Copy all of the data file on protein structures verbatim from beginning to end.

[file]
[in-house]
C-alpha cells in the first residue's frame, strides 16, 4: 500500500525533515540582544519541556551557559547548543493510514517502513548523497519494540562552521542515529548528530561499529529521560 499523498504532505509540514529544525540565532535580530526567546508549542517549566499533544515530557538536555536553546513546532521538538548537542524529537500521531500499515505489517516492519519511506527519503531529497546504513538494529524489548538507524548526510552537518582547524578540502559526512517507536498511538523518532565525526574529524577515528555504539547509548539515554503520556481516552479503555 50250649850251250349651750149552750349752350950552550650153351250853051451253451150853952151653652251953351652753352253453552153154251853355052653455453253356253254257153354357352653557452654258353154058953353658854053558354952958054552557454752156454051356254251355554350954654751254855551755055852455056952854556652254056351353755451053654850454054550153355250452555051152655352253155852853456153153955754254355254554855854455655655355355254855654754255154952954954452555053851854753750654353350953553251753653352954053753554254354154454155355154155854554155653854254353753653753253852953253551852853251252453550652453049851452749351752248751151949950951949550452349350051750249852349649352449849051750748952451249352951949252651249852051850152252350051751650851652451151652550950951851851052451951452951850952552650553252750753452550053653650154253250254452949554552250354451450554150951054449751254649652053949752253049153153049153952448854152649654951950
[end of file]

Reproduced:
[in-house]
C-alpha cells in the first residue's frame, strides 16, 4: 500500500525533515540582544519541556551557559547548543493510514517502513548523497519494540562552521542515529548528530561499529529521560 499523498504532505509540514529544525540565532535580530526567546508549542517549566499533544515530557538536555536553546513546532521538538548537542524529537500521531500499515505489517516492519519511506527519503531529497546504513538494529524489548538507524548526510552537518582547524578540502559526512517507536498511538523518532565525526574529524577515528555504539547509548539515554503520556481516552479503555 50250649850251250349651750149552750349752350950552550650153351250853051451253451150853952151653652251953351652753352253453552153154251853355052653455453253356253254257153354357352653557452654258353154058953353658854053558354952958054552557454752156454051356254251355554350954654751254855551755055852455056952854556652254056351353755451053654850454054550153355250452555051152655352253155852853456153153955754254355254554855854455655655355355254855654754255154952954954452555053851854753750654353350953553251753653352954053753554254354154454155355154155854554155653854254353753653753253852953253551852853251252453550652453049851452749351752248751151949950951949550452349350051750249852349649352449849051750748952451249352951949252651249852051850152252350051751650851652451151652550950951851851052451951452951850952552650553252750753452550053653650154253250254452949554552250354451450554150951054449751254649652053949752253049153153049153952448854152649654951950